Let’s hope it was just a gaffe.
President Biden said Wednesday that he has cancer, though the White House quickly said it was only a mistaken verb tense.
Mr. Biden made the oddly casual remark about a potential deadly disease in a speech about global warming, citing emissions from oil refineries near his boyhood home in Claymont, Delaware.
“That’s why I and so damn many other people I grew up with have cancer and why for the longest time Delaware had the highest cancer rate in the nation,” he said.
Mr. Biden is known to have had cancer, but only skin cancers that had been cleared up before he took office. Those cancers were caused by the sun, not fossil-fuel emissions though.
Mr. Biden worked as a swimming-pool lifeguard as a young man, and later-in-life skin cancers are common in that line of work, especially for eras when sunscreens were luxury goods and weaker than what is available now.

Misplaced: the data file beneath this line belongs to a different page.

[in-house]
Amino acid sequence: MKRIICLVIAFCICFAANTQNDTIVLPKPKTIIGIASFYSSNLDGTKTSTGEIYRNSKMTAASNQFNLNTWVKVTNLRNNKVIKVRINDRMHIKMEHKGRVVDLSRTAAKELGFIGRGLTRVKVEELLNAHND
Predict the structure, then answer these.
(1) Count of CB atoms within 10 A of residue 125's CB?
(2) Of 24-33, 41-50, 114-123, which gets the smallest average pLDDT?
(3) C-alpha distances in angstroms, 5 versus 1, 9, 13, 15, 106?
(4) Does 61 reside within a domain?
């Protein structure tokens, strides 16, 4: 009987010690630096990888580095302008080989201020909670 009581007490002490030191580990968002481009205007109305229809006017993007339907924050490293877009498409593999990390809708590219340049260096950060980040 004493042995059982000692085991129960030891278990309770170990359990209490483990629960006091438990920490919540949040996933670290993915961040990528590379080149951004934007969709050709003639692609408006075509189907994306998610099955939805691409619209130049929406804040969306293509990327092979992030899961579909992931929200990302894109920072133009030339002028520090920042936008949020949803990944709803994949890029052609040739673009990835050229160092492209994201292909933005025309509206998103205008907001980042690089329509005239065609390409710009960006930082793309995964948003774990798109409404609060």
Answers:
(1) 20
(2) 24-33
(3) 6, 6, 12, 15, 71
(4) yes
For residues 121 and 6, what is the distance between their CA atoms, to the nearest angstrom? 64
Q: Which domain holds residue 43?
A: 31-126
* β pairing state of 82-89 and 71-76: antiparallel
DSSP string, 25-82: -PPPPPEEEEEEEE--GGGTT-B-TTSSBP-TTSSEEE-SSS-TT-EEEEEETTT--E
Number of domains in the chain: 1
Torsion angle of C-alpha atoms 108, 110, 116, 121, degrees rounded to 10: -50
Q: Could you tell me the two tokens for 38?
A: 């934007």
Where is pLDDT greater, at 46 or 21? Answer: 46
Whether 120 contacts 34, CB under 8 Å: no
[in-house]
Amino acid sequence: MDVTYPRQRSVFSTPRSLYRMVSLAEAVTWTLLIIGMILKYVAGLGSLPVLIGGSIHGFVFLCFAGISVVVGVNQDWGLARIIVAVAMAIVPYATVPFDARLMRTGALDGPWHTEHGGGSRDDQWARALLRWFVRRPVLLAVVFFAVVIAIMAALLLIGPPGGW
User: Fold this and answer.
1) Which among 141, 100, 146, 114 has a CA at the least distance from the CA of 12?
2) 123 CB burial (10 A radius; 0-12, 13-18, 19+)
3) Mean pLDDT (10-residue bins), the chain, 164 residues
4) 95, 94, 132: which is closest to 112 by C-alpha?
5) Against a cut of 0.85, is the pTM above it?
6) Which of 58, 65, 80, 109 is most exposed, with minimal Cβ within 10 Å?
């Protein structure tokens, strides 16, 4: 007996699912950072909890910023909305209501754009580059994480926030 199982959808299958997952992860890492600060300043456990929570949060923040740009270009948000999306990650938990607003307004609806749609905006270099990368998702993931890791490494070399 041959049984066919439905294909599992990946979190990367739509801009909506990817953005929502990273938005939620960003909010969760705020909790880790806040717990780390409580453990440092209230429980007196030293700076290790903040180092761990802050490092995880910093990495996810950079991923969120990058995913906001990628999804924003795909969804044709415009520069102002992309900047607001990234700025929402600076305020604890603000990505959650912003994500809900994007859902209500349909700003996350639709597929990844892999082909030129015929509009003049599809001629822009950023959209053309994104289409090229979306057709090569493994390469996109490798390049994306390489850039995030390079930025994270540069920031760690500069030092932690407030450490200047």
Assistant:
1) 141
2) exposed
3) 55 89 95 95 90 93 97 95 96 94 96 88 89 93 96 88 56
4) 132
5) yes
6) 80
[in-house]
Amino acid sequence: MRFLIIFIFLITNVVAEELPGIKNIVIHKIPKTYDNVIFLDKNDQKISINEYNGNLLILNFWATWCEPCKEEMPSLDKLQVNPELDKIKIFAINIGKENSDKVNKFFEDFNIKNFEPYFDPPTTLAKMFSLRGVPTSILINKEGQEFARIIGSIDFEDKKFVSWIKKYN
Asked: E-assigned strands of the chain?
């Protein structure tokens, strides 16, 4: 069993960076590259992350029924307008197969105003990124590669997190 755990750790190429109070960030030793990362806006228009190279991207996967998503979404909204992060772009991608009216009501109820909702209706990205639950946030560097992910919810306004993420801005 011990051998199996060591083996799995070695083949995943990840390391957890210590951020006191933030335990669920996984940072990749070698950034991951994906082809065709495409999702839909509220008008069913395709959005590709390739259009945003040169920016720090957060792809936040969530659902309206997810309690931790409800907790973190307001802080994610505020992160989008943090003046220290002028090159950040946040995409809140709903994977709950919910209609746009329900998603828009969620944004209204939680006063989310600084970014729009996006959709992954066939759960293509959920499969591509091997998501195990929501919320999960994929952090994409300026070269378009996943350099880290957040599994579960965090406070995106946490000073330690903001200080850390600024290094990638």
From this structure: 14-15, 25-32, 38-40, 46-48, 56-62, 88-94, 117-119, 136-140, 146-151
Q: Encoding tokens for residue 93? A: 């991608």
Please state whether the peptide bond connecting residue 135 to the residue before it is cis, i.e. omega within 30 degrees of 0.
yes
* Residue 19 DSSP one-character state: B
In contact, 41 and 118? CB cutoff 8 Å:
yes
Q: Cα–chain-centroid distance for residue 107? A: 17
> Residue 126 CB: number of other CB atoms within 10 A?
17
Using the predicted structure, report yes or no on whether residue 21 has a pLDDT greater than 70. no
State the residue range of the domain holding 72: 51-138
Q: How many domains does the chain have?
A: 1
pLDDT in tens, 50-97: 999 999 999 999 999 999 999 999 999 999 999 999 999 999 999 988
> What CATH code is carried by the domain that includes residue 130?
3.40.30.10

When the New York Post asked the White House about Mr. Biden’s claim of having cancer in the present tense, spokesman Andrew Bates referred “to a tweet from Washington Post columnist Glenn Kessler, who noted that Biden had ‘non-melanoma skin cancers’ before he took office,” the Post wrote.
According to a health report last year by Dr. Kevin O’Connor, Mr. Biden “has had several localized, non-melanoma skin cancers removed with Mohs surgery before he started his presidency. These lesions were completely excised, with clear margins.”
Dr. O’Connor attributed those cancers as the result of Mr. Biden’s having spent “a good deal of time in the sun in his youth” and did not mention any current cancers.
“There are no areas suspicious for skin cancer at this time,” he wrote.
Mr. Biden blamed fossil-fuel emissions for his cancer while speaking in Somerset, Massachusetts, near a power plant that’s being converted from coal-based generation to supporting offshore wind farms.